The joys and rewards children often bring to family life are many. Like most Pennsylvania parents, you're likely very proud of your children and never hesitate to show their latest pictures to friends and family or laud their efforts and achievements at school or on a sports team. When you decided the time had come to tell your kids you were getting divorced, you worried about how they'd take the news.
Perhaps things went better than you'd imagined at first, then days later, you began to notice some of the emotional impact your situation was having on your children. Maybe one child was staying in her room more than usual or another was acting out and becoming very rebellious. There's no secret formula for helping children navigate divorce, unscathed. However, there are many available resources to help them fare as well as possible.
What you say and do matters
As you head to settlement in your divorce, your children will rely on you, more than anyone, to support and encourage them as they adapt to their new lifestyle. The following ideas may be useful as you do your best to help them come out on top:
- It's always best to avoid talking negatively about your spouse when your children are listening, and if they're nearby, you can bet they are listening. You may be angry or frustrated about certain marital issues or even legal problems regarding your future parenting plan or some other matter; however, it's best to keep your negative thoughts private -- or share them with someone other than your kids.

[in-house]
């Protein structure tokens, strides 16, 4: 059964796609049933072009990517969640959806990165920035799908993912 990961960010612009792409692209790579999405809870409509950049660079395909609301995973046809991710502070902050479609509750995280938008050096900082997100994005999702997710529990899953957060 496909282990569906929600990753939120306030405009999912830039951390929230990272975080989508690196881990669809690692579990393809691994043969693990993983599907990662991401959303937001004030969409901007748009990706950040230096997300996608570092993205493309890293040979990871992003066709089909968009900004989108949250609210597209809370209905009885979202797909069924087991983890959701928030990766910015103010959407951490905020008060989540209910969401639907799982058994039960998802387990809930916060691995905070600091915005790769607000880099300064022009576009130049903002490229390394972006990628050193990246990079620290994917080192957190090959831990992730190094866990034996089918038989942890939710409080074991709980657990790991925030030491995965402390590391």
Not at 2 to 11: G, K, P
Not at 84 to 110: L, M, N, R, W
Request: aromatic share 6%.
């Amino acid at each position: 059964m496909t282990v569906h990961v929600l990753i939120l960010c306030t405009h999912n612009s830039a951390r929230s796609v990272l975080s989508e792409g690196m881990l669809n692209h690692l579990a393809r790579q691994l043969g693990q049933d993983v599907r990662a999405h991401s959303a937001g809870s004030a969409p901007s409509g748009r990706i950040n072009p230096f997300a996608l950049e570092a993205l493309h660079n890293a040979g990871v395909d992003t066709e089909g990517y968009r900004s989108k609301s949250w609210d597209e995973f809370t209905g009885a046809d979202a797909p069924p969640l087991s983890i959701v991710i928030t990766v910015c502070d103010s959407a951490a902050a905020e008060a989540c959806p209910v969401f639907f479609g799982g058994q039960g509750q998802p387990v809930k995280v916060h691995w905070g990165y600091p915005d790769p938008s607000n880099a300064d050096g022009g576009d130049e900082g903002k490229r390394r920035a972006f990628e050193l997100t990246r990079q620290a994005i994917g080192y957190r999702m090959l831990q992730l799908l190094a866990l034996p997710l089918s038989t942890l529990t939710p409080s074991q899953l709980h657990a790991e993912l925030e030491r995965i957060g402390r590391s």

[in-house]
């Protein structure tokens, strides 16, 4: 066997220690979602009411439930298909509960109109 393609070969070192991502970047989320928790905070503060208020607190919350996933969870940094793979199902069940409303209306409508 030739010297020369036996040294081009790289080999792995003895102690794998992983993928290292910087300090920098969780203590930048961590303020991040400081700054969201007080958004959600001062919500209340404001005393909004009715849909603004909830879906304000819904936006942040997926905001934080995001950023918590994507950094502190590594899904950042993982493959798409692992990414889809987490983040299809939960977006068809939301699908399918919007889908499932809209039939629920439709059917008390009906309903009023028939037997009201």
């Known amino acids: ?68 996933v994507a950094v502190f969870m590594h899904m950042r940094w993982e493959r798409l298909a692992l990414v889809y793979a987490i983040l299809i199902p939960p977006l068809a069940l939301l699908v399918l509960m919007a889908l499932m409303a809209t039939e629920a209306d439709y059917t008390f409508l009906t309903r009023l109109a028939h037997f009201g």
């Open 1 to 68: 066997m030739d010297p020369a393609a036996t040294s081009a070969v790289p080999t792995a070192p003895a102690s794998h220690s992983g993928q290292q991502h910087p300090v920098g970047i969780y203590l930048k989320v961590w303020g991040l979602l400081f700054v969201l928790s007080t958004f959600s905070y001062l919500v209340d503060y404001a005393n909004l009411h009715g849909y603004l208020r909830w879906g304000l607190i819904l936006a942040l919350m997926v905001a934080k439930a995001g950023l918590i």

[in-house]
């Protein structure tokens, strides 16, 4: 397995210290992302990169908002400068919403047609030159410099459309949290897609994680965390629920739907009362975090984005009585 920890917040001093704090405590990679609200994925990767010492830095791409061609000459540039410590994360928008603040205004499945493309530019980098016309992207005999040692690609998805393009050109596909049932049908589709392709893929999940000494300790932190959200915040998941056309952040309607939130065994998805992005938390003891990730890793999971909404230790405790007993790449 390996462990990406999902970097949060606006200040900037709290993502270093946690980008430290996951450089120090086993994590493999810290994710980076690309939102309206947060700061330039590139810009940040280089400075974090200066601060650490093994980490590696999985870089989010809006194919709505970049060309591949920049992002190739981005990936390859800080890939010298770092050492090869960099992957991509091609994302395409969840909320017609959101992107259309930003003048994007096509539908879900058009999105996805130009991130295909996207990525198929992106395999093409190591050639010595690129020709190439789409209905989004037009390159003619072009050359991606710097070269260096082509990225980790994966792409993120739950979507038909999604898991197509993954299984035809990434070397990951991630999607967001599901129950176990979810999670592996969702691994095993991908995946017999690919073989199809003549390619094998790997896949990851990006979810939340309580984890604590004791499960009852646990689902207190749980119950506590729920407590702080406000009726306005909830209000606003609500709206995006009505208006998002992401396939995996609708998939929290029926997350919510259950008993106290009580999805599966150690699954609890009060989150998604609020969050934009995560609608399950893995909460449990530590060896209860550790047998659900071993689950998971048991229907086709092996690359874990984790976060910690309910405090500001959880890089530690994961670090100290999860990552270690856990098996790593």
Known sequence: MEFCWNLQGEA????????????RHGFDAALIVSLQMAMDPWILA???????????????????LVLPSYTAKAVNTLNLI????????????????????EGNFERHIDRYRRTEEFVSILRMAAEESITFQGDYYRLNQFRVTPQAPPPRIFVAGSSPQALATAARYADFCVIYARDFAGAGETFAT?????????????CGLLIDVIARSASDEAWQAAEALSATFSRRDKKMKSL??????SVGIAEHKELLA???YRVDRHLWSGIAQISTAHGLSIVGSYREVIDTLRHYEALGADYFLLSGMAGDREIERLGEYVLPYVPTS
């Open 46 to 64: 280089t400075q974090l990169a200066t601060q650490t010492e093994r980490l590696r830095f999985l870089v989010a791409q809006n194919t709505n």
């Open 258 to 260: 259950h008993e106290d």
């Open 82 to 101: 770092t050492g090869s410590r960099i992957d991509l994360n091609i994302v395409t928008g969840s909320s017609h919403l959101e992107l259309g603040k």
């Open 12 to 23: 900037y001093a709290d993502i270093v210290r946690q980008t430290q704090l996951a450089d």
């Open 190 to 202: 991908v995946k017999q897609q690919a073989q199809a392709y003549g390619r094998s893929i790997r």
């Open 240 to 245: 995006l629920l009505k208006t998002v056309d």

- Cooperation is the name of the game when it comes to showing your children you have their best interests in mind. When they witness both parents making sacrifices and compromising with each other, they're more likely to feel reassured and confident about moving on in life.
- Structure and routine are always important when the goal is to raise emotionally and physically healthy children. Especially when major life changes are happening, such as those associated with divorce, it's crucial to maintain as much of a sense of normalcy as possible for your children's sakes.
- Avoid popular parent competitions and other negative behaviors that often backfire when the plan is to help children cope with divorce. It may seem like letting them go on shopping sprees at the mall or eat all the ice cream they want is a good idea at the time, but more often than not, such actions cause more harm than good.
When your children know you are there for them to lean on when they feel down or need support, they gain hope that, although things will be different, their lives will still be joyful, secure and full of family love. If a particular problem arises that you don't feel capable of handling on your own, you can tap into local resources to provide your children with whatever type of support they need.